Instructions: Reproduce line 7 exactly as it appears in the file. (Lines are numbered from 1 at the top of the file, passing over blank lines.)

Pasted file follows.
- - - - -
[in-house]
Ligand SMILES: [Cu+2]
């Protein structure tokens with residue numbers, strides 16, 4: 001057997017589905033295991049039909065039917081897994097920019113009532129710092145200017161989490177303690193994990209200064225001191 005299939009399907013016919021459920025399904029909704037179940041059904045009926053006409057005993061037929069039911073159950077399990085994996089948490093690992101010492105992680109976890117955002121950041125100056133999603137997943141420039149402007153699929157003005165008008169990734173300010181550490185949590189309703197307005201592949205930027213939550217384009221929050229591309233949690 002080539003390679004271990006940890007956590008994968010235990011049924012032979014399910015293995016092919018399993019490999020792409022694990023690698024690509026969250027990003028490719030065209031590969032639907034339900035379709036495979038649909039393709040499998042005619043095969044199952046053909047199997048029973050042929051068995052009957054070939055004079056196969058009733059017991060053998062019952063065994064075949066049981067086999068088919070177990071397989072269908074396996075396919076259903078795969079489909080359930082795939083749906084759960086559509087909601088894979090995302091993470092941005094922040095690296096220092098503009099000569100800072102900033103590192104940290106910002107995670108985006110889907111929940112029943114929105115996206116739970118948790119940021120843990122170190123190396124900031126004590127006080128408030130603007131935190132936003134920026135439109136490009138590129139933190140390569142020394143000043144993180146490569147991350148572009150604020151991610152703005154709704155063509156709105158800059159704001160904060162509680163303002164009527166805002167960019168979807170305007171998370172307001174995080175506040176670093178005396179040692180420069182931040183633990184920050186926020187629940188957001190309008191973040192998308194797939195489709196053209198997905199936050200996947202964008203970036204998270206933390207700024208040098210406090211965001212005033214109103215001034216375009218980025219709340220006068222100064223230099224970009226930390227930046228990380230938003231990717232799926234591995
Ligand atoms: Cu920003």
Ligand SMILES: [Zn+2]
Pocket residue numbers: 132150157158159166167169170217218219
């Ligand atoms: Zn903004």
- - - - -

């Ligand atoms: Zn903004």